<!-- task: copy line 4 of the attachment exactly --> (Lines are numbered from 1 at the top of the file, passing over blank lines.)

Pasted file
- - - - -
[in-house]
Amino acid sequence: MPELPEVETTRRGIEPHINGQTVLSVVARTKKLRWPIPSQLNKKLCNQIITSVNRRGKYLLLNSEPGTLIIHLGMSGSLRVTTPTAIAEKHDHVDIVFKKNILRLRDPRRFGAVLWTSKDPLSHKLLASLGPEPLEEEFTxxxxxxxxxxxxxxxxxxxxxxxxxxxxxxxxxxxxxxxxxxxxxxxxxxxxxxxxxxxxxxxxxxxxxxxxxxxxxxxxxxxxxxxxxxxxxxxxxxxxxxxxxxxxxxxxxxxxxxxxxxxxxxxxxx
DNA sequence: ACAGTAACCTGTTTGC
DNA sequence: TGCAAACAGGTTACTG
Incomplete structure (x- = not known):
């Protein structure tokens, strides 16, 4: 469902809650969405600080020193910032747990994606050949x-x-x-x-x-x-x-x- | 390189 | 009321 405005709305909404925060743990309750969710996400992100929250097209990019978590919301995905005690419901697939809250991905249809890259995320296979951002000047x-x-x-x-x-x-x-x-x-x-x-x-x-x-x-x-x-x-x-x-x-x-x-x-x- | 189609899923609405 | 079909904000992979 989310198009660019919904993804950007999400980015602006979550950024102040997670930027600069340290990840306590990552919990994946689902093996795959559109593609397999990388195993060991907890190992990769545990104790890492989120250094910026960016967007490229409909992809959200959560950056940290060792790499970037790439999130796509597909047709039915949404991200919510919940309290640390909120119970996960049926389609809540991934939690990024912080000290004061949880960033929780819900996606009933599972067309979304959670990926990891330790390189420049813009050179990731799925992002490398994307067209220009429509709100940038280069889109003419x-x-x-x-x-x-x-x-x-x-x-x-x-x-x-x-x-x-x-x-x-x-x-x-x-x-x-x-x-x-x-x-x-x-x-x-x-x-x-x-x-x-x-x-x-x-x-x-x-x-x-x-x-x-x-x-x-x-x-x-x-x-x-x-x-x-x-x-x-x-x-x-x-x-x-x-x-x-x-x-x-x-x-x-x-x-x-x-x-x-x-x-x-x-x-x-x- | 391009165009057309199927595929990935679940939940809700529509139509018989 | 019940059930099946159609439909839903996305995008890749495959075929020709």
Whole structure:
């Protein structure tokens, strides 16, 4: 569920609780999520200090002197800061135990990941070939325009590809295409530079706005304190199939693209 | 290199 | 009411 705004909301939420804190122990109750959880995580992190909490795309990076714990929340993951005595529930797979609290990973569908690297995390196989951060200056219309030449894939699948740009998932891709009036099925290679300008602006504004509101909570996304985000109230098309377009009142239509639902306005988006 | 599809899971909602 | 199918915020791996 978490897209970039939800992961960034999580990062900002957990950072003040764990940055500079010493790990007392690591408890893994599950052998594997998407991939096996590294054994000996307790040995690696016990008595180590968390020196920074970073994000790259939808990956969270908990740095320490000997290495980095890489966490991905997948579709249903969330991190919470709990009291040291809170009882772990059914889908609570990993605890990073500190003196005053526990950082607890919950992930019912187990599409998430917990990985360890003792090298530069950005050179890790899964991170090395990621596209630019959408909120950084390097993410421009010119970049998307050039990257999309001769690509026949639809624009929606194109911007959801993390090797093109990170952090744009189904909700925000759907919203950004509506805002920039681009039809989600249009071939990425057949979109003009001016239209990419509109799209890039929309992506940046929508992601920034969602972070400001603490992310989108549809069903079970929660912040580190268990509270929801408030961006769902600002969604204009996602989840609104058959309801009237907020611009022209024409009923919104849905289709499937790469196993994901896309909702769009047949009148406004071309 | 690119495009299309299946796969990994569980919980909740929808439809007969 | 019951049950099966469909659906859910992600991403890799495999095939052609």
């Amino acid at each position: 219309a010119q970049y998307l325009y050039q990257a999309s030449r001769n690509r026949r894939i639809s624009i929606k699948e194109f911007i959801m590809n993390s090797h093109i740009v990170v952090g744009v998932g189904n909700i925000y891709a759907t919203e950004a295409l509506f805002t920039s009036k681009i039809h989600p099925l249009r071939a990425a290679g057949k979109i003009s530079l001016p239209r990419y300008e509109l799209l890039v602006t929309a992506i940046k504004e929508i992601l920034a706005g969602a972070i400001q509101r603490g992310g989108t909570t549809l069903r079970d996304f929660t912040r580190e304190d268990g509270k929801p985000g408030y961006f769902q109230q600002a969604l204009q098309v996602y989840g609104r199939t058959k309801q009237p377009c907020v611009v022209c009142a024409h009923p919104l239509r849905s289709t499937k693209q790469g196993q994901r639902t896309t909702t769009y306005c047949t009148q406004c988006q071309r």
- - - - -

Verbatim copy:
DNA sequence: TGCAAACAGGTTACTG